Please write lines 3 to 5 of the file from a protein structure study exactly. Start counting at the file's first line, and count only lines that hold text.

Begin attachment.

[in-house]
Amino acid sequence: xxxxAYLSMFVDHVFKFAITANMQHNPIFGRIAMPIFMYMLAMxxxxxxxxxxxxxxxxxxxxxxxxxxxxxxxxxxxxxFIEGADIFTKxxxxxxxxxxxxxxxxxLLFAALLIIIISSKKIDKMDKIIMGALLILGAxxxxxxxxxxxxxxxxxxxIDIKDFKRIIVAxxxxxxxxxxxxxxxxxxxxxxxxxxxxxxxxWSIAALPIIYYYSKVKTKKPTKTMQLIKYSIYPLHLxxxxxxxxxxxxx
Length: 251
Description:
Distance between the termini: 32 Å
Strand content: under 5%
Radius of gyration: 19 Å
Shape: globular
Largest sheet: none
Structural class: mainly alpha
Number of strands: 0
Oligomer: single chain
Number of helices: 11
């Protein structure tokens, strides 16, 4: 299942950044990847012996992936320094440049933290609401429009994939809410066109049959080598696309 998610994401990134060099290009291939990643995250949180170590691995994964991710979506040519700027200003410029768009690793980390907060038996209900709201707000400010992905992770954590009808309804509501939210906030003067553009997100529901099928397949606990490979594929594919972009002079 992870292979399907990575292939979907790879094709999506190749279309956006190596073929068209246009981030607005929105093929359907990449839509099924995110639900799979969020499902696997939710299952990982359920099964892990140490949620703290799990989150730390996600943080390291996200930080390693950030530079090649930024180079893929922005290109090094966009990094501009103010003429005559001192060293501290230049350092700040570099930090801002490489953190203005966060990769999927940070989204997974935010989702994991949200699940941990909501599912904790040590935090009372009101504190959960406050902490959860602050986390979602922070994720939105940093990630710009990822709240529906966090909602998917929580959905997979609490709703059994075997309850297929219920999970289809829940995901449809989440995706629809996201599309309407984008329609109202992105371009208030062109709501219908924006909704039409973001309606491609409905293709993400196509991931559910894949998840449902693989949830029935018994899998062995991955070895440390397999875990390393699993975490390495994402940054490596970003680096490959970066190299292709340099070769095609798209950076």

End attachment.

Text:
Length: 251
Description:
Distance between the termini: 32 Å